(Bloomberg News) Retirees may have to delay Social Security benefits and buy an annuity to have enough money for retirement, said a U.S. government study.
"The risk that retirees will outlive their assets is a growing challenge," according to a study from the Government Accountability Office scheduled for release today. Increased life expectancies and health-care costs coupled with declines in financial markets and home equity over the last few years have "intensified" workers' concerns about how to manage their savings in retirement, the report said.
Annuities are insurance contracts that can offer a steady stream of income for life. High-income households generally don't need them, according to experts the GAO consulted. Middle- income households, defined in the study as having a net worth of about $350,000 including their homes, that don't have traditional pensions should consider using a portion of their savings to purchase an inflation-adjusted annuity, the study said. Lower-income families need to accumulate some cash savings first.
The study recommended that retirees make withdrawals from their investment portfolios at a rate of 3 percent to 6 percent annually. Many also should wait to take Social Security until at least the full retirement age, or 66 for those born from 1943 to 1954.
The Social Security program lets recipients take reduced payments as early as age 62. It provides full benefits at age 66 and increases payouts for those who wait up to age 70. Almost three-quarters of individuals took payouts before age 65, the GAO said. Monthly benefits received at age 70 are increased by at least 32 percent compared with taking them at 66, according to the study.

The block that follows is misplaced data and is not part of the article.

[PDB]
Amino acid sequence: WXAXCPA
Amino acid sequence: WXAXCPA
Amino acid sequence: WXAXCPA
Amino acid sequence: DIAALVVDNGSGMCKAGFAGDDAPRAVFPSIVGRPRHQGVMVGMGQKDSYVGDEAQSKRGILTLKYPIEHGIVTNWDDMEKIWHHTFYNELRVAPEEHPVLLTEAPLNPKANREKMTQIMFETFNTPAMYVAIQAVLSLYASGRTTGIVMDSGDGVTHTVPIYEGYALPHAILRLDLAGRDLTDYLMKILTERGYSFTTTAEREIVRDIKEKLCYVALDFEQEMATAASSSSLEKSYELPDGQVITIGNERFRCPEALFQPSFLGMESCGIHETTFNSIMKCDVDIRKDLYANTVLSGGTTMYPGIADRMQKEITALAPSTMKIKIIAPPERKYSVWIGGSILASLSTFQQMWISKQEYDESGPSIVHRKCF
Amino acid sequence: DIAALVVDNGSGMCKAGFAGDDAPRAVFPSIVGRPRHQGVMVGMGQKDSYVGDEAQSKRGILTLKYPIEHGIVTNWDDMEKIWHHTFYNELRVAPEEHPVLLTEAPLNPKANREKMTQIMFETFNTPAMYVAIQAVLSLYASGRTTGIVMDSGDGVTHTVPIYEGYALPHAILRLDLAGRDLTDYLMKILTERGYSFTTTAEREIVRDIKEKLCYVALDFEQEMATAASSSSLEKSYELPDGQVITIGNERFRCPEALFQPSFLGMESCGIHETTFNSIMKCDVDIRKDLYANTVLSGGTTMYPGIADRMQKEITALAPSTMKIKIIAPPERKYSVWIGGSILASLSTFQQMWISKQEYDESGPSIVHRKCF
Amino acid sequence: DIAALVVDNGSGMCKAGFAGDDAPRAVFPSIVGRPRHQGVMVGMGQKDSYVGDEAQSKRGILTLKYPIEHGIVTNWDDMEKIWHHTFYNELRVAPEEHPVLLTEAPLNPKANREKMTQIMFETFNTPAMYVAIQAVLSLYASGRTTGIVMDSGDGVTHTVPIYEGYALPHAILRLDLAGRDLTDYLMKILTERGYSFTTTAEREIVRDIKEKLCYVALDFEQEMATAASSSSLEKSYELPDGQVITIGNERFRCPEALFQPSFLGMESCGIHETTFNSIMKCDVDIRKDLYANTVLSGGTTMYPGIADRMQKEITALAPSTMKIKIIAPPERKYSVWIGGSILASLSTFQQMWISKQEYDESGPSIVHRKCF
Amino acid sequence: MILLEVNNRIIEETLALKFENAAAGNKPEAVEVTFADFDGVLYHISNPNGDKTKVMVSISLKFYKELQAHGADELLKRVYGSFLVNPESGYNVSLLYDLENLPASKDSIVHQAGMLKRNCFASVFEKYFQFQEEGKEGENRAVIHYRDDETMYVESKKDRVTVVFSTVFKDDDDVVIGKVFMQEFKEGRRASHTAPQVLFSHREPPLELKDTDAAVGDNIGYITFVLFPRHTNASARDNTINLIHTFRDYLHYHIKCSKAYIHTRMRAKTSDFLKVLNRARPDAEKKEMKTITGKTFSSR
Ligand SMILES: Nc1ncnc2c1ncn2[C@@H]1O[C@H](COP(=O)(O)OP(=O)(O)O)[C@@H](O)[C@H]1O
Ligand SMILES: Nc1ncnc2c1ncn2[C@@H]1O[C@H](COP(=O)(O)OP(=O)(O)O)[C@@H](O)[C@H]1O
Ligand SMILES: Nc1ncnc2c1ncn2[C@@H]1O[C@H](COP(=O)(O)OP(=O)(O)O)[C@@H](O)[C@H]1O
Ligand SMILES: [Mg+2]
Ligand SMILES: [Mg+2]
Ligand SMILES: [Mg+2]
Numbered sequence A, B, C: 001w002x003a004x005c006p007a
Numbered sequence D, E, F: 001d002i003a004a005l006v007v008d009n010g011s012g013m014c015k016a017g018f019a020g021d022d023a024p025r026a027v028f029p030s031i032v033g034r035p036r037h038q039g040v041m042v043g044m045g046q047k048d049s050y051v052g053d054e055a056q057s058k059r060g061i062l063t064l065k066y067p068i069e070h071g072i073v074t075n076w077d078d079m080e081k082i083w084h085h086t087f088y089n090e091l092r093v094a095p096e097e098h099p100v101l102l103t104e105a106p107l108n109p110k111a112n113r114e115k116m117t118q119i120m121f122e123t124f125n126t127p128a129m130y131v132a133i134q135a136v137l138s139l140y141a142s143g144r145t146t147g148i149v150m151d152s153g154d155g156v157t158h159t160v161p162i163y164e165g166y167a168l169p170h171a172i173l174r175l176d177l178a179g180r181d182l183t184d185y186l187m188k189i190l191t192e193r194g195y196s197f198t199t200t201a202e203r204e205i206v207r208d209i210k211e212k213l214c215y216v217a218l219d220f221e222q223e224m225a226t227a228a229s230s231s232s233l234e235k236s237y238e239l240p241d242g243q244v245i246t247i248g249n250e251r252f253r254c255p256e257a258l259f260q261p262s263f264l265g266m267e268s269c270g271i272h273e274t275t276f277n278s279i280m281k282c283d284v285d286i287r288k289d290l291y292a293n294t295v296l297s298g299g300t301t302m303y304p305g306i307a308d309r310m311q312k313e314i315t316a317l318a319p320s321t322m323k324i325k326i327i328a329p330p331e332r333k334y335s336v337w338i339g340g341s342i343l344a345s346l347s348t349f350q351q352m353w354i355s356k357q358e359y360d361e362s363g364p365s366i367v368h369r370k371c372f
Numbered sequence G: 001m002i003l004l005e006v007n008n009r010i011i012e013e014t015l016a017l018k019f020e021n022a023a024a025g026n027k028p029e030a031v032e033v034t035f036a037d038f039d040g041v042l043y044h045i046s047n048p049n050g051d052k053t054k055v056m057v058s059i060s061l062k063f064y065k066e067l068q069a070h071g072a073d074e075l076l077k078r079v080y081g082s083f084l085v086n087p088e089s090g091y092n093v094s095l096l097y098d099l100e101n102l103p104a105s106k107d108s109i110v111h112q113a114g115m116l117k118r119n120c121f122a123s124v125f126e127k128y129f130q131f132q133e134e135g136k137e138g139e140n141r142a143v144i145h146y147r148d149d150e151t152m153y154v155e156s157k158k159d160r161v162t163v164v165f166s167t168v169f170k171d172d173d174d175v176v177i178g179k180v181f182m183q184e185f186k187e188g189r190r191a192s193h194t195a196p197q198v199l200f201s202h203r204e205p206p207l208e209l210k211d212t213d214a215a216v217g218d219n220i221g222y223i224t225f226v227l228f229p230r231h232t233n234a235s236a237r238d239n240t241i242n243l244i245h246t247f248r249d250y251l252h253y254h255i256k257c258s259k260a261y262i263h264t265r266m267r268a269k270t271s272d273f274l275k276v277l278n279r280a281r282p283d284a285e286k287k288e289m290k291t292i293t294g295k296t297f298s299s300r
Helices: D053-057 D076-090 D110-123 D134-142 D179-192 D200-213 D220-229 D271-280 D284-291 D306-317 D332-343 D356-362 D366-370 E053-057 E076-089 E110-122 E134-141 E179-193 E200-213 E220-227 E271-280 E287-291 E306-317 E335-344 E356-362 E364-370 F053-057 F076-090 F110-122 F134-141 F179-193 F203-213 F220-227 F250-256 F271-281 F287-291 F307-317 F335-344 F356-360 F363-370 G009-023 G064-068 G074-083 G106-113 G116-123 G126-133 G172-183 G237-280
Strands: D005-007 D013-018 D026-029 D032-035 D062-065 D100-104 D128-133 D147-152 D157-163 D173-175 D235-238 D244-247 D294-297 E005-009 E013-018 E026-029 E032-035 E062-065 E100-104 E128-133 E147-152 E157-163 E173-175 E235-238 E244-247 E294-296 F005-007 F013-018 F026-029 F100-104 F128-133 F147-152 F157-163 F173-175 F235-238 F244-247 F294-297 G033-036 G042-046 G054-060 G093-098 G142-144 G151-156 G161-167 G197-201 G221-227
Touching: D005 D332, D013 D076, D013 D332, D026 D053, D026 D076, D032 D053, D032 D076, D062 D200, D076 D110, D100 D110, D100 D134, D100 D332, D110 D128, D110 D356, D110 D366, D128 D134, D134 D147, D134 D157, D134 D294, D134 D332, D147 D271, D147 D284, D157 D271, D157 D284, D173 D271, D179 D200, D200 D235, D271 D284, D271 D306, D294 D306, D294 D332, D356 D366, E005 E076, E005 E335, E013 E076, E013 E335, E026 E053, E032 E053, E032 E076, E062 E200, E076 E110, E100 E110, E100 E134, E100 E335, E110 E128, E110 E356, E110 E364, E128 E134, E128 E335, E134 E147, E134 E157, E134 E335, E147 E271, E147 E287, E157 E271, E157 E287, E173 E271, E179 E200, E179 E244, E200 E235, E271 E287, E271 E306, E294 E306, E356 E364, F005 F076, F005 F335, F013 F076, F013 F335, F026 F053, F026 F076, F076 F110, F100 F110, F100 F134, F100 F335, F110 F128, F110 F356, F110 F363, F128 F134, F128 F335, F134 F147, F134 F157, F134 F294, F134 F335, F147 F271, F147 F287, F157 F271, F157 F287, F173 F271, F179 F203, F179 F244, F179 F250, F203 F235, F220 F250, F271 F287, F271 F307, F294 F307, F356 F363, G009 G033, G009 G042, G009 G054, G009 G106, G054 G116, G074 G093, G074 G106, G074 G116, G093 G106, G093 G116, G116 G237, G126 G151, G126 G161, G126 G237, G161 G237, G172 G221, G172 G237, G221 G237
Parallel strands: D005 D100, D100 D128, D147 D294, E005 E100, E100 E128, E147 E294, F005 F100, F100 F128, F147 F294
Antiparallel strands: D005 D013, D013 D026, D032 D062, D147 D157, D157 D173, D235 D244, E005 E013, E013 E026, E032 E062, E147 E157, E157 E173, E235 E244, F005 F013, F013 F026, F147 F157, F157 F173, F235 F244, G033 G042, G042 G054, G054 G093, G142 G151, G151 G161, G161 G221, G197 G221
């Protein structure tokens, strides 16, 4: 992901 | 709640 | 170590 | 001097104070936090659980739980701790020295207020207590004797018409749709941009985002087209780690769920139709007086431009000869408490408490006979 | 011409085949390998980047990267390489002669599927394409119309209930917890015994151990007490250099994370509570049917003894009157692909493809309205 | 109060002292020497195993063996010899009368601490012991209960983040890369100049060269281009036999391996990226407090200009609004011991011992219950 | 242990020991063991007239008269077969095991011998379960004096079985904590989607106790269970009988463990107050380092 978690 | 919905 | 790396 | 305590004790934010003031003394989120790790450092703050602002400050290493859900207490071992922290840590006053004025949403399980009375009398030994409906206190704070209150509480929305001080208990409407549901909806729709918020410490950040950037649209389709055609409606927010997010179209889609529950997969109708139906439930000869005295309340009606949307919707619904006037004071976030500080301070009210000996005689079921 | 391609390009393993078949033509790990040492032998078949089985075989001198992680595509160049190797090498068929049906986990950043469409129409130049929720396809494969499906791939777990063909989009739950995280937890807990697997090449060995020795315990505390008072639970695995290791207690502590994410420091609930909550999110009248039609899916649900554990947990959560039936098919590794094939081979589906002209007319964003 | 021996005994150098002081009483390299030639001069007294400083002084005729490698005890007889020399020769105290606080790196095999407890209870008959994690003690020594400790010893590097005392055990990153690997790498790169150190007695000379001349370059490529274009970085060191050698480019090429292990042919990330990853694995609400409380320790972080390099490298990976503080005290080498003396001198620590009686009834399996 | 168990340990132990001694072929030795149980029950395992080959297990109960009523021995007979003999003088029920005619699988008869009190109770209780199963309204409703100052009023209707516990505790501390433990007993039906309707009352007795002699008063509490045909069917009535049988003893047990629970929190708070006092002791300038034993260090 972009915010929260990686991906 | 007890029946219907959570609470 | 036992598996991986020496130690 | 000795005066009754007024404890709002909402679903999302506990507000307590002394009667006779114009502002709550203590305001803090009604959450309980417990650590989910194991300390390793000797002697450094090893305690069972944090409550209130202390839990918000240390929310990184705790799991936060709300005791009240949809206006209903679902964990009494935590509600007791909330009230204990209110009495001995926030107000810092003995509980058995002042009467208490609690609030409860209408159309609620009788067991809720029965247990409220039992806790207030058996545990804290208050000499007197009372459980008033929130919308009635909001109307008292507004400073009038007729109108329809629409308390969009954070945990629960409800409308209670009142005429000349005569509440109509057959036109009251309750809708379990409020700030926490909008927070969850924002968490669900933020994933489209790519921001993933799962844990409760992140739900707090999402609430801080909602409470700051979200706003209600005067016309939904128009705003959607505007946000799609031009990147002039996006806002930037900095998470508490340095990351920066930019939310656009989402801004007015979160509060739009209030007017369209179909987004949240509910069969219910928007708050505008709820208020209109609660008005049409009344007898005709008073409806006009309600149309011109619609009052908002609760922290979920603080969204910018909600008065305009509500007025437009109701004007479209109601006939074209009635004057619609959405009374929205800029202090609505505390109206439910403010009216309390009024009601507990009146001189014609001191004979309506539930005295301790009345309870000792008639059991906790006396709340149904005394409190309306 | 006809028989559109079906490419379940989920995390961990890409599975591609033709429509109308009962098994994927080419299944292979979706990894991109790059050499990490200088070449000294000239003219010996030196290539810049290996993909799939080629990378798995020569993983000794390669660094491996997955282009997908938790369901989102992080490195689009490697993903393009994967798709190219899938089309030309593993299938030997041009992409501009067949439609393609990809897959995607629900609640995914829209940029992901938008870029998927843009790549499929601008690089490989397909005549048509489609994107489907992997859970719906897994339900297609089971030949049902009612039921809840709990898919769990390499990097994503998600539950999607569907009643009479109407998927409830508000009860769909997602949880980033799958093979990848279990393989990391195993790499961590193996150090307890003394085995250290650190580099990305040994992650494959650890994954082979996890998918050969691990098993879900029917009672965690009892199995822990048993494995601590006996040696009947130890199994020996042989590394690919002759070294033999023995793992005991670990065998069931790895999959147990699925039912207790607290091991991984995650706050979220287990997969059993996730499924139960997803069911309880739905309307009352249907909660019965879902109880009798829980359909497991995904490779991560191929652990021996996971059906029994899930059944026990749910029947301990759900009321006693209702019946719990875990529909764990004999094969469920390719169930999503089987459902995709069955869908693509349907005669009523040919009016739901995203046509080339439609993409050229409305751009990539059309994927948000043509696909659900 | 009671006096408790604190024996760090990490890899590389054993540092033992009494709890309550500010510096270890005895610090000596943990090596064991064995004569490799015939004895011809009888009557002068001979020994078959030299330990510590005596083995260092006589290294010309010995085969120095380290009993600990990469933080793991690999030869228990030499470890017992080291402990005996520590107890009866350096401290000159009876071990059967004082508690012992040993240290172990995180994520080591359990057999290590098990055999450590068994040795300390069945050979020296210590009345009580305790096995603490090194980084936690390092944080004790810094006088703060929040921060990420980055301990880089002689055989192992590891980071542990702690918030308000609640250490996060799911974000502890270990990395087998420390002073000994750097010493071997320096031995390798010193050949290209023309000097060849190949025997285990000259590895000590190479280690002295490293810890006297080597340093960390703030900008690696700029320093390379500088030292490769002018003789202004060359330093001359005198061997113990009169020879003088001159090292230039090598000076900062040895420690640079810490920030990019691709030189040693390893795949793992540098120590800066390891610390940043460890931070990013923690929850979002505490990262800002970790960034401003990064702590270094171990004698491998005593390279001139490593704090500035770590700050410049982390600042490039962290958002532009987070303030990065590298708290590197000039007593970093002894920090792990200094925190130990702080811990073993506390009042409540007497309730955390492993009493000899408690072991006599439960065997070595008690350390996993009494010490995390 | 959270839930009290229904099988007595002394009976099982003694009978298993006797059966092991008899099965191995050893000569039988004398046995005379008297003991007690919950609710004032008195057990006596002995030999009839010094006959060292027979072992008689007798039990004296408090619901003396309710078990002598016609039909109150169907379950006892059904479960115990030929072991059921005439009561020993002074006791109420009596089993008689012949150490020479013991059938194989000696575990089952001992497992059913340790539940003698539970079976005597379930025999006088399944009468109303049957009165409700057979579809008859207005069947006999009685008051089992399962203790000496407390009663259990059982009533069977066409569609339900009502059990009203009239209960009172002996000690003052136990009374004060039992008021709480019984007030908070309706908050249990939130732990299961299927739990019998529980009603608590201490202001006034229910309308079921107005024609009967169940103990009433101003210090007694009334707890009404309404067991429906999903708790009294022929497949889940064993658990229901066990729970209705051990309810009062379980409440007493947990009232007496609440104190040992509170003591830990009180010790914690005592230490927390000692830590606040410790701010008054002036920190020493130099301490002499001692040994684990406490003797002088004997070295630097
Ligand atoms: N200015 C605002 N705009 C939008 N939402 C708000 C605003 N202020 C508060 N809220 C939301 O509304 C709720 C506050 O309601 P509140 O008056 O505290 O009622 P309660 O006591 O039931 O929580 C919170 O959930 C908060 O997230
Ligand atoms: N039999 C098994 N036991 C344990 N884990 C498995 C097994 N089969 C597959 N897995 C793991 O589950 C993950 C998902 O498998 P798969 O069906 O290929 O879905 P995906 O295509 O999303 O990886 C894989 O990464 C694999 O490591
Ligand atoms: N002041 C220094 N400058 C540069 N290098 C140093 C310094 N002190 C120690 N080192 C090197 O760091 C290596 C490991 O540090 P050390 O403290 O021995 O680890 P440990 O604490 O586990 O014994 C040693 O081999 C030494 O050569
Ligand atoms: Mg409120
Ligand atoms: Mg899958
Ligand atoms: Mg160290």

"The benefits are tremendous especially if you're married and the higher wage earner waits until 70," said Christine Fahlund, senior financial planner at T. Rowe Price Group Inc. The amount retirees receive each year almost doubles from age 62 to age 70 in terms of purchasing power, Fahlund said. As long as retirees live to age 77, delaying payments until age 70 is usually worth it, said Fahlund.
Social Security's trustees said in May that it wouldn't be able to pay recipients in full beginning in 2036. The bipartisan U.S. deficit commission has recommended increasing the retirement age to cut costs.
Can't Cover Expenses
The GAO study was requested by Senator Herb Kohl, a Wisconsin Democrat and chairman of the Senate Special Committee on Aging. The shift by employers from traditional pension plans, which generally guarantee income for life, to 401(k) savings accounts has put more responsibility on Americans for managing their "hard-earned savings" during retirement, Kohl said.